I handled things well, considering my lack of preparation. My family graciously let me stay the night, and as soon as I awoke the next morning, I packed my things and headed for a hostel that Jeannie had found online. It was a great location and a great price, so I tucked in for what I expected to be a five-day stint in Viña del Mar, with my last day being a short excursion to a botanical garden with my host family and their new host student.
That’s when the next ball dropped: due to family circumstances that I won’t discuss here, I needed to return to Córdoba as soon as possible.
That was almost more shocking than my living situation. I had only just arrived, spent a beautiful day on the beaches of Viña del Mar and Reñaca, and I was already going home to Argentina? Apparently so, because I write this entry from the airport in Buenos Aires, waiting for my connecting flight to Córdoba later this evening.
I wasn’t sure how to react at first. I had spent a lot of time and money planning this trip to Chile to have to leave so soon. I didn’t have the opportunity to say good-bye to my host family again because the boys were at school and my host parents were in Santiago for a surgery. There were more places I wanted to see and explore, had been looking forward to since my first trip to Chile two years ago, and I would have to postpone them yet again. Where was the good in all of this?
Regardless of how I felt, I realized quickly that I had only one day left in Chile and needed to make the most of it, not sit around moping in my hostel. So the next morning, just like the morning before, I woke up early and caught a micro (public bus) to Valparaíso for a walking tour.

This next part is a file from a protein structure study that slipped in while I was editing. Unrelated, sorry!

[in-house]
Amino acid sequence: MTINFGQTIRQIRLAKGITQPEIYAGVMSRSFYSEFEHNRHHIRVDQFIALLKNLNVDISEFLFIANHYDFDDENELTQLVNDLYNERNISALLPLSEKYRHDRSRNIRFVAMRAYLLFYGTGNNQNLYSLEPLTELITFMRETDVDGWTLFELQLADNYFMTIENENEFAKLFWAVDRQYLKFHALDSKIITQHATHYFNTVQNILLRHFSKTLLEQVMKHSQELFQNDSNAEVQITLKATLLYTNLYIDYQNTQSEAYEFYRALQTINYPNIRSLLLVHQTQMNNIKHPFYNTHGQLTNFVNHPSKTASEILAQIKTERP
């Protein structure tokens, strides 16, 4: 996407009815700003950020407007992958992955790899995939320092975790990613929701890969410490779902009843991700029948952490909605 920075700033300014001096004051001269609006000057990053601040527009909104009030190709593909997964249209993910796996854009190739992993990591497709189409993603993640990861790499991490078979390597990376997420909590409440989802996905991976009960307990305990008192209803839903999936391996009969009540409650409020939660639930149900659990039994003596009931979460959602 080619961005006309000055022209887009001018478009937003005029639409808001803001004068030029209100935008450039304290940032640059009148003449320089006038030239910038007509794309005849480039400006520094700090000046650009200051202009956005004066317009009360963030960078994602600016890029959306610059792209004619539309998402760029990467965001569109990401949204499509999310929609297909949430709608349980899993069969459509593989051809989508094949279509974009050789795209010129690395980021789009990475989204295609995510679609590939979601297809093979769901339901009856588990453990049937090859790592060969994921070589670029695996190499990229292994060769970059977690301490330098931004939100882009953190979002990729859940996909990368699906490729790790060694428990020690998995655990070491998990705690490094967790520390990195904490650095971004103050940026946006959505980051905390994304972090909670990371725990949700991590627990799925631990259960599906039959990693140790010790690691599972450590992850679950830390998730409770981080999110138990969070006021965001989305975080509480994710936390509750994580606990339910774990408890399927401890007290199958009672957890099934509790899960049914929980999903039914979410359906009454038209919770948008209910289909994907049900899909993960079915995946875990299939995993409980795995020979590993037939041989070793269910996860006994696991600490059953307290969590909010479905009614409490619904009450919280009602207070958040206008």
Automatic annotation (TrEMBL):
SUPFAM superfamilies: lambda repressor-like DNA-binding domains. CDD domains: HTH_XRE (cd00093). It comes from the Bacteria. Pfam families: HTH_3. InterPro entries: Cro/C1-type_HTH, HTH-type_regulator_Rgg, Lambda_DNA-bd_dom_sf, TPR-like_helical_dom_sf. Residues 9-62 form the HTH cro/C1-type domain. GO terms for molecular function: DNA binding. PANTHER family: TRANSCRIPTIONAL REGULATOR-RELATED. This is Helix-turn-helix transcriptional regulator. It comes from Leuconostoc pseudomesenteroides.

Tours 4 Tips is exactly what it sounds like: I showed up at 10:00 in the morning, found my tour guide Fernanda, or “Wally”, dressed in a red and white striped shirt, and took essentially a free, three-hour tour through Valparaíso with her and a couple from New Zealand. I had seen Valparaíso before, but what we saw on this tour was chaotically excellent. The ascensores (elevators), the port, the main square, the once-richest street in Latin America during the Gold Rush, the first Protestant church, artisan alfajores (Argentina’s are better), Pablo Neruda’s house La Sebastiana, bus “O” that took us through the winding streets above the city to the port below, cheap and delicious sushi, street art…it was all so stunning! I bought a painting to add to my collection and captured the other images of the city in my memory (since I still don’t have a camera). Fernanda also received an excellent tip from me, because she did a fantastic job!
The rest of the night was low-key, as was my first flight today. But you know what? It’s okay. Tonight, I’ll be back in Córdoba again, and in the morning, I’ll see my wonderful friend Ally and celebrate her birthday a couple of days late in some delicious café in the city. It’s not how I would’ve planned this particular adventure, but it’s how it happened, and when it isn’t what you expect, you just have to turn it into something spectacular.